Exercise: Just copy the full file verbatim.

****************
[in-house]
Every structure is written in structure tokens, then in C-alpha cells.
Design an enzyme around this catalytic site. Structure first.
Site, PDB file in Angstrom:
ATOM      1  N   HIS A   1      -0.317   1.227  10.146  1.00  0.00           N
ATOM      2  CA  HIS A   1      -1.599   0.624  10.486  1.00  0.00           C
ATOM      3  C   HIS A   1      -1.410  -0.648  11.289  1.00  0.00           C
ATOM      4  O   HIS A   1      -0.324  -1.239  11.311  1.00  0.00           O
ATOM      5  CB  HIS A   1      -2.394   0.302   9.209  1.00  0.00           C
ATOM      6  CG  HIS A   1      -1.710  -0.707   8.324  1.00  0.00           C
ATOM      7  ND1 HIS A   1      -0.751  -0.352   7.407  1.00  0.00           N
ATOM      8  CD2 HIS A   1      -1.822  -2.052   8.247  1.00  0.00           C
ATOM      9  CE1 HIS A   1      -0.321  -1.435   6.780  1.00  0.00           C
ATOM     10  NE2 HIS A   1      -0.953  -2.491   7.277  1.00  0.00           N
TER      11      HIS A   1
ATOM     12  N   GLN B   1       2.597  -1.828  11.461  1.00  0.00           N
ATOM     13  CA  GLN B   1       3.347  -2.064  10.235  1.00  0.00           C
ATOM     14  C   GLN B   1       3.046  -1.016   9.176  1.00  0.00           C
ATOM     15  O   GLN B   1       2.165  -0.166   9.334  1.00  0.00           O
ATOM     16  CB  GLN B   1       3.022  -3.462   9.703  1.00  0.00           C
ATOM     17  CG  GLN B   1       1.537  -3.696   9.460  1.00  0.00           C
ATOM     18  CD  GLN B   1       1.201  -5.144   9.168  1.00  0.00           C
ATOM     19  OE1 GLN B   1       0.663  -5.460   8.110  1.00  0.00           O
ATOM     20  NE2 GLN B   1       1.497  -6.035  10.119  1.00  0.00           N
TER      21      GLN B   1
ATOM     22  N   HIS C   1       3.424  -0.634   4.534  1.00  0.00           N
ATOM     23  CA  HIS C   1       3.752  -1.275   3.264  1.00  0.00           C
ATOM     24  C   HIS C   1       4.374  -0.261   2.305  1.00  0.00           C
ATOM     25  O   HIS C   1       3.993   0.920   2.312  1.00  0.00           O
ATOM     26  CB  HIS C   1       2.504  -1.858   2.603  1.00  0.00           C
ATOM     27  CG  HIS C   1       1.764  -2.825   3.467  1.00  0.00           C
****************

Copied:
[in-house]
Every structure is written in structure tokens, then in C-alpha cells.
Design an enzyme around this catalytic site. Structure first.
Site, PDB file in Angstrom:
ATOM      1  N   HIS A   1      -0.317   1.227  10.146  1.00  0.00           N
ATOM      2  CA  HIS A   1      -1.599   0.624  10.486  1.00  0.00           C
ATOM      3  C   HIS A   1      -1.410  -0.648  11.289  1.00  0.00           C
ATOM      4  O   HIS A   1      -0.324  -1.239  11.311  1.00  0.00           O
ATOM      5  CB  HIS A   1      -2.394   0.302   9.209  1.00  0.00           C
ATOM      6  CG  HIS A   1      -1.710  -0.707   8.324  1.00  0.00           C
ATOM      7  ND1 HIS A   1      -0.751  -0.352   7.407  1.00  0.00           N
ATOM      8  CD2 HIS A   1      -1.822  -2.052   8.247  1.00  0.00           C
ATOM      9  CE1 HIS A   1      -0.321  -1.435   6.780  1.00  0.00           C
ATOM     10  NE2 HIS A   1      -0.953  -2.491   7.277  1.00  0.00           N
TER      11      HIS A   1
ATOM     12  N   GLN B   1       2.597  -1.828  11.461  1.00  0.00           N
ATOM     13  CA  GLN B   1       3.347  -2.064  10.235  1.00  0.00           C
ATOM     14  C   GLN B   1       3.046  -1.016   9.176  1.00  0.00           C
ATOM     15  O   GLN B   1       2.165  -0.166   9.334  1.00  0.00           O
ATOM     16  CB  GLN B   1       3.022  -3.462   9.703  1.00  0.00           C
ATOM     17  CG  GLN B   1       1.537  -3.696   9.460  1.00  0.00           C
ATOM     18  CD  GLN B   1       1.201  -5.144   9.168  1.00  0.00           C
ATOM     19  OE1 GLN B   1       0.663  -5.460   8.110  1.00  0.00           O
ATOM     20  NE2 GLN B   1       1.497  -6.035  10.119  1.00  0.00           N
TER      21      GLN B   1
ATOM     22  N   HIS C   1       3.424  -0.634   4.534  1.00  0.00           N
ATOM     23  CA  HIS C   1       3.752  -1.275   3.264  1.00  0.00           C
ATOM     24  C   HIS C   1       4.374  -0.261   2.305  1.00  0.00           C
ATOM     25  O   HIS C   1       3.993   0.920   2.312  1.00  0.00           O
ATOM     26  CB  HIS C   1       2.504  -1.858   2.603  1.00  0.00           C
ATOM     27  CG  HIS C   1       1.764  -2.825   3.467  1.00  0.00           C